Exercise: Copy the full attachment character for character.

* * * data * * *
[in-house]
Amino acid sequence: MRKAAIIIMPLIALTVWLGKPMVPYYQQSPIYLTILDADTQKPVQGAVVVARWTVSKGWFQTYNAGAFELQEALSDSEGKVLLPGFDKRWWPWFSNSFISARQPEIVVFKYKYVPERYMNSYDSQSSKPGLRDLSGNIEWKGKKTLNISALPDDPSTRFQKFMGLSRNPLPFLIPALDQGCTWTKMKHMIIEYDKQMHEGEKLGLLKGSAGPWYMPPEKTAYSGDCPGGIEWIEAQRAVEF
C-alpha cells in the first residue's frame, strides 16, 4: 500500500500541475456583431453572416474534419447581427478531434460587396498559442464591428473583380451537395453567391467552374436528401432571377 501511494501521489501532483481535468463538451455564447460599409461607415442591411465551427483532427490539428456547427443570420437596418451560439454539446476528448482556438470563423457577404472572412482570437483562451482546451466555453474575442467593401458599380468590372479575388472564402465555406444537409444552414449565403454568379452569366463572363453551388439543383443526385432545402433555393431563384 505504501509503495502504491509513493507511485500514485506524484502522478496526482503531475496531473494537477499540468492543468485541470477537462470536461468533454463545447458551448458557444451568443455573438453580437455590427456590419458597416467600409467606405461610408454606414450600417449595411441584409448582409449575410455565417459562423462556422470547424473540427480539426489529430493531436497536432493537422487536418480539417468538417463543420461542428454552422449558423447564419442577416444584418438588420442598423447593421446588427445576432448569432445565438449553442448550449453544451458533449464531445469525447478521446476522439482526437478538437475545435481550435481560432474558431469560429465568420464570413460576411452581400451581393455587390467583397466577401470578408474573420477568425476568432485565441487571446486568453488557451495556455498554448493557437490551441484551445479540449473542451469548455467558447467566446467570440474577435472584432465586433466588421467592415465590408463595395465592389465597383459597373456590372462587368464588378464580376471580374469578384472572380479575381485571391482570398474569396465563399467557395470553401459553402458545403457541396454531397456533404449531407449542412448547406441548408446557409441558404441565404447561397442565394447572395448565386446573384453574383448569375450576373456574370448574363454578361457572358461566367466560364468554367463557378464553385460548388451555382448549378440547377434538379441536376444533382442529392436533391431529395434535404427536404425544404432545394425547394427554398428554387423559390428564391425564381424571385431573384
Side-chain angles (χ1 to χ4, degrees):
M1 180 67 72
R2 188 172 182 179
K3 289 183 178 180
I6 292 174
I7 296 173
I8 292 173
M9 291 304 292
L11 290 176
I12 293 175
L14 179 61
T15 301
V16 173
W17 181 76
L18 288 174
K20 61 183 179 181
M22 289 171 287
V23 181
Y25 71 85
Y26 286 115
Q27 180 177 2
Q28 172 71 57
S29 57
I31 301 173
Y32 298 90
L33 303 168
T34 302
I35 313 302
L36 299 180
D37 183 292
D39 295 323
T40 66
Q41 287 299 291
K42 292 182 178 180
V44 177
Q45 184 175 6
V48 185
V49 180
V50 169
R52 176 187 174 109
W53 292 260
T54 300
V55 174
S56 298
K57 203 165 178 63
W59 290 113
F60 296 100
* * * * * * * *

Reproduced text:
[in-house]
Amino acid sequence: MRKAAIIIMPLIALTVWLGKPMVPYYQQSPIYLTILDADTQKPVQGAVVVARWTVSKGWFQTYNAGAFELQEALSDSEGKVLLPGFDKRWWPWFSNSFISARQPEIVVFKYKYVPERYMNSYDSQSSKPGLRDLSGNIEWKGKKTLNISALPDDPSTRFQKFMGLSRNPLPFLIPALDQGCTWTKMKHMIIEYDKQMHEGEKLGLLKGSAGPWYMPPEKTAYSGDCPGGIEWIEAQRAVEF
C-alpha cells in the first residue's frame, strides 16, 4: 500500500500541475456583431453572416474534419447581427478531434460587396498559442464591428473583380451537395453567391467552374436528401432571377 501511494501521489501532483481535468463538451455564447460599409461607415442591411465551427483532427490539428456547427443570420437596418451560439454539446476528448482556438470563423457577404472572412482570437483562451482546451466555453474575442467593401458599380468590372479575388472564402465555406444537409444552414449565403454568379452569366463572363453551388439543383443526385432545402433555393431563384 505504501509503495502504491509513493507511485500514485506524484502522478496526482503531475496531473494537477499540468492543468485541470477537462470536461468533454463545447458551448458557444451568443455573438453580437455590427456590419458597416467600409467606405461610408454606414450600417449595411441584409448582409449575410455565417459562423462556422470547424473540427480539426489529430493531436497536432493537422487536418480539417468538417463543420461542428454552422449558423447564419442577416444584418438588420442598423447593421446588427445576432448569432445565438449553442448550449453544451458533449464531445469525447478521446476522439482526437478538437475545435481550435481560432474558431469560429465568420464570413460576411452581400451581393455587390467583397466577401470578408474573420477568425476568432485565441487571446486568453488557451495556455498554448493557437490551441484551445479540449473542451469548455467558447467566446467570440474577435472584432465586433466588421467592415465590408463595395465592389465597383459597373456590372462587368464588378464580376471580374469578384472572380479575381485571391482570398474569396465563399467557395470553401459553402458545403457541396454531397456533404449531407449542412448547406441548408446557409441558404441565404447561397442565394447572395448565386446573384453574383448569375450576373456574370448574363454578361457572358461566367466560364468554367463557378464553385460548388451555382448549378440547377434538379441536376444533382442529392436533391431529395434535404427536404425544404432545394425547394427554398428554387423559390428564391425564381424571385431573384
Side-chain angles (χ1 to χ4, degrees):
M1 180 67 72
R2 188 172 182 179
K3 289 183 178 180
I6 292 174
I7 296 173
I8 292 173
M9 291 304 292
L11 290 176
I12 293 175
L14 179 61
T15 301
V16 173
W17 181 76
L18 288 174
K20 61 183 179 181
M22 289 171 287
V23 181
Y25 71 85
Y26 286 115
Q27 180 177 2
Q28 172 71 57
S29 57
I31 301 173
Y32 298 90
L33 303 168
T34 302
I35 313 302
L36 299 180
D37 183 292
D39 295 323
T40 66
Q41 287 299 291
K42 292 182 178 180
V44 177
Q45 184 175 6
V48 185
V49 180
V50 169
R52 176 187 174 109
W53 292 260
T54 300
V55 174
S56 298
K57 203 165 178 63
W59 290 113
F60 296 100